Tuesday, March 31, 2015

Goodbye the children

TCM's spotlight for tonight is on French director Louis Malle, specifically several of the movies he made in his native France. One that I haven't receommended before is Au revoir, les enfants, at 10:00 PM.

The scene is France in 1944, which of course means the Nazi occupation. Julien (Gaspard Manesse) is a boy who atends a Catholic boarding school. One might think the Nazis would want to close down all the private schools so that they could have complete control over the education system, but this was an occupied country in the midst of war, which means the Nazis probably had bigger things on their mind. Julien and his classmates are about as happy as can be expected, what with having to go to a Catholic school and with all the difficulties of a war and occupation going on. Kids cope somehow.

One day, a new student shows up at the school. Jean Bonnet (Raphael Fejto) is put in Julien's room to share, and unsurprisingly the two boys strike up a friendship. However, Jean has a tendency to act rather guarded, and it eventually becomes clear that he's hiding something. Considering the Nazis' stated policies, it's not that difficult to figure out what it is that Jean is hiding. Julien eventually figures it out, and so we come to know that as with the parish priest in Roberto Rossellini's Rome, Open City, the clergy is resisting the Nazis in the best way they know how. Since they had a boarding school to run, they couldn't be quite so actively resistant, instead using the school to hide Jews who would otherwise be sent to the concentration camps.

For the boys, life goes on, with some situatoins posing difficulties for them, such as a time when they get lost in the woods. Not wanting to come up against curfew, they flag down a car to take them back to school, and the car just happens to be one with Nazi soldiers. Needless to say, Jean the Jew is rather nervous about this. Meanwhile, back among the adults, events are conspiring to make life even more difficult for the students. The priests discover that their janitor has been stealing bread to sell on the black market; to be fair, the janitor has to make a living too. But they fire him, and that gives the janitor leverage to cause problems at the school. One of the moral panics of the current day is bullying, but a movie like this shows that you can use the state as the biggest bully of them all to get back at somebody you don't like.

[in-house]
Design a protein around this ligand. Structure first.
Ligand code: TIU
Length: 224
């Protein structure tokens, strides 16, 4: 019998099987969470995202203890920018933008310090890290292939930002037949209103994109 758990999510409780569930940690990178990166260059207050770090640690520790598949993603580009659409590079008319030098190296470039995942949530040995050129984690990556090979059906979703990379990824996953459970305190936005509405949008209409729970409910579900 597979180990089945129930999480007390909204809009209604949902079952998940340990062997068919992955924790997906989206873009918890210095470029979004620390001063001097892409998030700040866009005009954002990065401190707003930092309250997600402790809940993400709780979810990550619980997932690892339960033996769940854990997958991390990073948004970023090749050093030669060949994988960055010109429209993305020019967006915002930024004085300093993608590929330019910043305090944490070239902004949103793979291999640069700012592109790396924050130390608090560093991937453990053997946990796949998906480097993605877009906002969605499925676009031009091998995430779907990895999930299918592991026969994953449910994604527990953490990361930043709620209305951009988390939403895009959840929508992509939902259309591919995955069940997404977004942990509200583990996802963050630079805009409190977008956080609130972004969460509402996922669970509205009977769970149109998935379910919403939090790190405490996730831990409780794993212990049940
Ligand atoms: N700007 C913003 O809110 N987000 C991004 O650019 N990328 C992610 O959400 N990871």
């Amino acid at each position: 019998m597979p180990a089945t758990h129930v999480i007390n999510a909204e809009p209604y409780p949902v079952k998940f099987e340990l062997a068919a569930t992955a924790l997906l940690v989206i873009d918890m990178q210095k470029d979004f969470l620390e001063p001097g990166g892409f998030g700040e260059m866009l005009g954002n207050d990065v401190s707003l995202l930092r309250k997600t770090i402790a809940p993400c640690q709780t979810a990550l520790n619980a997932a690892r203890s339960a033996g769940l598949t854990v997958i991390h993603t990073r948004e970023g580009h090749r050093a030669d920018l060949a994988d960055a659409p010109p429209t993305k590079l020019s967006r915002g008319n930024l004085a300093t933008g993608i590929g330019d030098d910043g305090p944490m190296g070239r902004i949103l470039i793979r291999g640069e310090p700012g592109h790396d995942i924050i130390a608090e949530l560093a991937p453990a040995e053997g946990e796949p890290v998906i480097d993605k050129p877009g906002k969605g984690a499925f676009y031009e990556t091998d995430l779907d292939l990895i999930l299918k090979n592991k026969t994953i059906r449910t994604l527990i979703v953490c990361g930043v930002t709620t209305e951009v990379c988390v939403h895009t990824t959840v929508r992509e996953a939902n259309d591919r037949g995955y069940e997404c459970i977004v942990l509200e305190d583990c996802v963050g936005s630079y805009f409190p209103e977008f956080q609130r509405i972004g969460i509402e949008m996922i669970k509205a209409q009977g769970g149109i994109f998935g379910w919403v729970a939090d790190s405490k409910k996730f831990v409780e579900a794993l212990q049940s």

Au revoir, les enfants is a movie Louis Malle based on his own experiences growing up. The movie has a very personal feel to it, in the way many of the events are less cinematic and more naturalistic than we might expect from Hollywood, or anybody doing a straight historical drama about some period long before they were born. It's an intimacy that works much to the movie's benefit. There's nothing spectacular, just a series of events that leave you with more of an impression than you'd otherwise think.

Au revoir, les enfants is available on DVD, but from the Criterion Collection, which means it's a bit pricey.

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